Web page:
Martha, first of all, let me show you a comment.  This is from New Orleans Mayor Ray Nagin.  You know, a lot of finger-pointing to go around.  He‘s basically saying the feds should have come.  Take a listen to what he had to say. 


RAY NAGIN, MAYOR OF NEW ORLEANS:  My biggest mistake is having a fundamental assumption that, in the state of Louisiana, with $18 billion budget, in the country of the United States that can move whole fleets of aircraft carriers across the globe in 24 hours, that my fundamental assumption was, “Get as many people to safety as possible, and that the cavalry would be coming within two to three days.”  And they didn‘t come. 


COSBY:  Martha Zoller, you‘re in Atlanta, a little closer obviously than Los Angeles is from here, a lot closer.  What‘s the pulse of the people there?  Is the mayor just sort of just trying to pass the buck? 

MARTHA ZOLLER, RADIO TALK SHOW HOST IN ATLANTA:  Well, I think that, clearly, I mean, the Constitution sets up that local governments are responsible for this first, because they know their people.  They know how to do things. 

And our listeners, of course, are very involved in relief efforts.  There have probably been hundreds of people from our listening area that have already gone down to help, have taken trailers, and trucks, and chain saws, and all this kind of stuff that have been helping. 

So most of the people in my area are blaming the governor and the mayor, because the president called the state of emergency on Friday night, which was the signal to the governor to do her thing, which is bring the National Guard in and get them in place. 

But we are learning, we are learning from this disaster...

COSBY:  Martha Zoller, what about the resignation of Mike Brown?  Is there a sense that now hope is sort of on the way, a new fresh start? 

ZOLLER:  Well, and I think that Michael Brown, the people with him, was that people were perceiving FEMA to be first-responders.  And they are not first-responders.  They coordinate things.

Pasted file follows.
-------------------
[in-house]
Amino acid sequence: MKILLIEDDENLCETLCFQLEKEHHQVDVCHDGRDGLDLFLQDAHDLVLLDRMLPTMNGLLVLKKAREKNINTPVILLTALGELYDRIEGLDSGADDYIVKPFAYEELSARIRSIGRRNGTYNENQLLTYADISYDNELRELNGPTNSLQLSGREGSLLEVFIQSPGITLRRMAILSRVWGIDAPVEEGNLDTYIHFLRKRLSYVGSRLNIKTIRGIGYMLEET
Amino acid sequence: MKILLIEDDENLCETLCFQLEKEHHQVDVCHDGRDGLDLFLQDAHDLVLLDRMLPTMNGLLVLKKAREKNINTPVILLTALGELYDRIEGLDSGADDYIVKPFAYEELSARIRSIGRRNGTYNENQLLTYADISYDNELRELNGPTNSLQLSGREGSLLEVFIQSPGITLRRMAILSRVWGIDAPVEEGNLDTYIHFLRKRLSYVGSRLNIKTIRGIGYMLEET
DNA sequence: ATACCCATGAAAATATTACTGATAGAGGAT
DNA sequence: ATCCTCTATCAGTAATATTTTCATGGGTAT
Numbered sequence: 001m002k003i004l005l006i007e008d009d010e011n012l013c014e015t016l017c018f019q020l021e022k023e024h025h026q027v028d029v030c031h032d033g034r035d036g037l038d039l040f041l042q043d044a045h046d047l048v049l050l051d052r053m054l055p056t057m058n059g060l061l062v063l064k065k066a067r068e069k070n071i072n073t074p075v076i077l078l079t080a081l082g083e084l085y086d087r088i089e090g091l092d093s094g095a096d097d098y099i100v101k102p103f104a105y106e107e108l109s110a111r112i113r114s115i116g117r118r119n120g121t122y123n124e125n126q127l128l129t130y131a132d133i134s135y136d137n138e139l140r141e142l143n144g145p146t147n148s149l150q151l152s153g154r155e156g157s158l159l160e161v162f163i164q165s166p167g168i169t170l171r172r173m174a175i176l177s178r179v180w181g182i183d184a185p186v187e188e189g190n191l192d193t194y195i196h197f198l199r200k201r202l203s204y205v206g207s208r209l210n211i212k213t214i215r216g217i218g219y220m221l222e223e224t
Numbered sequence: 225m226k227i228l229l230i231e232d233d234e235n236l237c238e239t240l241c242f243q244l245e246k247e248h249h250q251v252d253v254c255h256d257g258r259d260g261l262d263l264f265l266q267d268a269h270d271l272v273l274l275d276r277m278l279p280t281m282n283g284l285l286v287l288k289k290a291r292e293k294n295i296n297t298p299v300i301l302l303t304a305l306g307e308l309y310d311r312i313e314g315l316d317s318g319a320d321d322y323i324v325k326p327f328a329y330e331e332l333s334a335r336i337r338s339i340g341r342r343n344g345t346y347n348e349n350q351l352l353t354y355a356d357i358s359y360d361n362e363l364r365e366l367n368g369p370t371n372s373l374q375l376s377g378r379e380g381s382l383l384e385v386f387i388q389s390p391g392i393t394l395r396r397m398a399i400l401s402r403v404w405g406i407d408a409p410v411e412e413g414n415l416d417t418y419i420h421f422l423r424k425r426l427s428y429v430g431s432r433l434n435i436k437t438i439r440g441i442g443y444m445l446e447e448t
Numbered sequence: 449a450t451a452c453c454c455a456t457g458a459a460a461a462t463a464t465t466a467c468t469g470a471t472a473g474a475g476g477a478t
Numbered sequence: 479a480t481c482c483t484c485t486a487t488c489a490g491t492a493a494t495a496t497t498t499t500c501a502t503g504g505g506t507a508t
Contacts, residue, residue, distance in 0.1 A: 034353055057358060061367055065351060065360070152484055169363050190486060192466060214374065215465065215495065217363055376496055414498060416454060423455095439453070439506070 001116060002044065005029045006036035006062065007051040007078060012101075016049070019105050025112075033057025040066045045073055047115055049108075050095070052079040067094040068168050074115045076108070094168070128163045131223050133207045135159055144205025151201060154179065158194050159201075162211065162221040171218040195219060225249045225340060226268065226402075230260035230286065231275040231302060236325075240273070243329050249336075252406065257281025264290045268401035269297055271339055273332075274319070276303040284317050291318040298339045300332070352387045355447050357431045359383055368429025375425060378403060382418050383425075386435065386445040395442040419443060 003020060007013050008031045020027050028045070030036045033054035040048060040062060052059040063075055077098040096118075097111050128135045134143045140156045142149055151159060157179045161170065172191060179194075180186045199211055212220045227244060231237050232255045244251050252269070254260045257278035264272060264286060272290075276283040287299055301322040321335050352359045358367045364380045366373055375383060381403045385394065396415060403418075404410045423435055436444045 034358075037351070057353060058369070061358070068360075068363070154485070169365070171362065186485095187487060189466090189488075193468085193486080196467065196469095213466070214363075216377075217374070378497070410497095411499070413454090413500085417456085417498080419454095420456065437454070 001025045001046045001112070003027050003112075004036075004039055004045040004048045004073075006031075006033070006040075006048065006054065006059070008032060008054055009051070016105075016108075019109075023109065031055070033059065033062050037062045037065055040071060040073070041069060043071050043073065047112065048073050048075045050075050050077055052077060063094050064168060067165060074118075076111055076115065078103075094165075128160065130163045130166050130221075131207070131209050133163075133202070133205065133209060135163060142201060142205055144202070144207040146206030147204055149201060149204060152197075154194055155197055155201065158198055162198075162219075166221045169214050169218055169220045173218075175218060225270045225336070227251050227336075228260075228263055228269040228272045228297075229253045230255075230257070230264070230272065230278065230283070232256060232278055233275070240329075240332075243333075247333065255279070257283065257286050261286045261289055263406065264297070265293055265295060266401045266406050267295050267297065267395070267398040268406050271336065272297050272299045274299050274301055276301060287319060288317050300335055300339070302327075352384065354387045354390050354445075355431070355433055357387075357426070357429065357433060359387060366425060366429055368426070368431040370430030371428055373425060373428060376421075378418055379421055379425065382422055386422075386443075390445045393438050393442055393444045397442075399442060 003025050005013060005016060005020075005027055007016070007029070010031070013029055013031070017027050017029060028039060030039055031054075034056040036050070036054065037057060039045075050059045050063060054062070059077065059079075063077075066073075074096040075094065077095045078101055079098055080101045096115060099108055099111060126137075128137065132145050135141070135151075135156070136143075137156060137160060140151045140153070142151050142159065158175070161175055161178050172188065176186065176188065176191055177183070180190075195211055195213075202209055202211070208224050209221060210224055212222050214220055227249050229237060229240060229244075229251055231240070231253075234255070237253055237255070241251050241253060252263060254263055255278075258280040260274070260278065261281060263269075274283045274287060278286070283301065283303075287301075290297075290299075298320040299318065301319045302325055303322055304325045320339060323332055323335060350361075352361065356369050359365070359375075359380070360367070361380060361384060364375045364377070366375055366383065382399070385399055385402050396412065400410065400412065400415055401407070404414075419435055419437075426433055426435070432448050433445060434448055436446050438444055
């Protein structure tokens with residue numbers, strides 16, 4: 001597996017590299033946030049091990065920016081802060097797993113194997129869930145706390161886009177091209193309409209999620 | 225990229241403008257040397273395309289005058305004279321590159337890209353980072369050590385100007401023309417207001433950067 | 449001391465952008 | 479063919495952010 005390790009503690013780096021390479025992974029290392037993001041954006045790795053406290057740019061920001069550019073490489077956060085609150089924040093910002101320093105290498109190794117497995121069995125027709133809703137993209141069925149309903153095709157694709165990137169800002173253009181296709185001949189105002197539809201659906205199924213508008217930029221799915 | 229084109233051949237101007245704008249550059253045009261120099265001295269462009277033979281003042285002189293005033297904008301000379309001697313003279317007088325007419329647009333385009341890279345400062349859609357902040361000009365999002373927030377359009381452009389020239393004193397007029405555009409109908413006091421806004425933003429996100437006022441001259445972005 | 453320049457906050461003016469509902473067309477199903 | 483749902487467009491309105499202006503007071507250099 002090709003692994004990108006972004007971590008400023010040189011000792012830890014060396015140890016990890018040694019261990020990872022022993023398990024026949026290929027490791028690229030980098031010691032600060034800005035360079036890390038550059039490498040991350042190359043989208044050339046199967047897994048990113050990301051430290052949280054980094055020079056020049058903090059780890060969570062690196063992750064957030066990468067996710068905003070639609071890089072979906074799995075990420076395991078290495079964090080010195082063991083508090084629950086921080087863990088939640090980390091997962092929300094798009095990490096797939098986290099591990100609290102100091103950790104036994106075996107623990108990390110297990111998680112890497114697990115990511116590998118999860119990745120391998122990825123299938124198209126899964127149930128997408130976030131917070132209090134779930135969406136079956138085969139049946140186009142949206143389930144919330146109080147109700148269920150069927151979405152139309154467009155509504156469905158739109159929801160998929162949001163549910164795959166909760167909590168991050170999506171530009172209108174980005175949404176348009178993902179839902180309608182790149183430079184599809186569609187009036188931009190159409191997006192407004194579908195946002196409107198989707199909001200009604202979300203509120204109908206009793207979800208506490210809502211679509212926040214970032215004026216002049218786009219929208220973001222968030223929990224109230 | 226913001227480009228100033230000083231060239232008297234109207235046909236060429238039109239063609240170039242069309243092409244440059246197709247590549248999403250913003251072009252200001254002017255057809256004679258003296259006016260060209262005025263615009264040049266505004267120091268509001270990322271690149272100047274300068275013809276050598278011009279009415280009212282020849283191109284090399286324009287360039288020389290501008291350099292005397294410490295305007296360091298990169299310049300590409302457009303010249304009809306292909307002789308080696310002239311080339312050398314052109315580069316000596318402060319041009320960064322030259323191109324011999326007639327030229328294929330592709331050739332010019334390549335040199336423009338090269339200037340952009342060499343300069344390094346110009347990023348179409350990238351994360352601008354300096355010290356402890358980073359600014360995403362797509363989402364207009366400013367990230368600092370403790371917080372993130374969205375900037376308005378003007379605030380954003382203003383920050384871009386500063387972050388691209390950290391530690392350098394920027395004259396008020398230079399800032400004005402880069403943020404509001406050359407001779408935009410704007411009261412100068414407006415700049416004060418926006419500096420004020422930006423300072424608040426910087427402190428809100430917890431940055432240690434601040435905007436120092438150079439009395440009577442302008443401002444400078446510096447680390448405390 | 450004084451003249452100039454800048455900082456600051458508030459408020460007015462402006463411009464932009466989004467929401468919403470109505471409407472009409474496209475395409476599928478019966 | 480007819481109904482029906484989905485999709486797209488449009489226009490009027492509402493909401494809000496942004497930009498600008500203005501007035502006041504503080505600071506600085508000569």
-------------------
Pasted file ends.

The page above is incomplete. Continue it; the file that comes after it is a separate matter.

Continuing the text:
And we need to have a debate in this country about what we want FEMA to be.  And that, when we have a multi-state disaster like this, do we treat it differently?  But that‘s a debate we have to have, that we need to be sure are in the bounds of the Constitution. 

Because just because we want the National Guard to come in today doesn‘t mean they‘ll come in another time. 


COSBY:  Let me bring in Leslie Marshall, because, you know, come on, look, these guys are supposed to oversee the whole thing.  I have not seen a FEMA truck here yet.  I‘ve been here over a week.  Give me a break. 

MARSHALL:  Rita, I think it‘s a good point.  You know, I mean, I‘m sorry, Martha, there are semantics and then there‘s doing the right thing as a government official. 

First of all, FEMA needs to work with homeland security.  I think, if we‘re going to debate something, we need to debate as to whether these people should be cabinet members.  And I say, “Yes.” 

Two, my in-laws‘ house is still not rebuilt, is still not fixed from Florida‘s hurricane.  That‘s how behind FEMA is.  And we can‘t just look to one entity and one person running one entity. 

One of the problems that bothers me here is politicians on a local and national level—all men by the way, ladies, if you notice—are not being real men.  Because the man, in my opinion, whether the president, whether the mayor, or whether the head of FEMA steps up to the plate and says, “I‘m going to be responsible.  Here‘s what I‘m going to do.”

If you want to talk National Guard, the National Guard is in Iraq and can‘t help on a local level, because they‘re not here. 

ZOLLER:  Oh, that‘s ridiculous.  There are 70,000 military people...

COSBY:  Let me get Martha.  Martha, you got 10 seconds.

ZOLLER:  ... in New Orleans right now.  There are 70,000...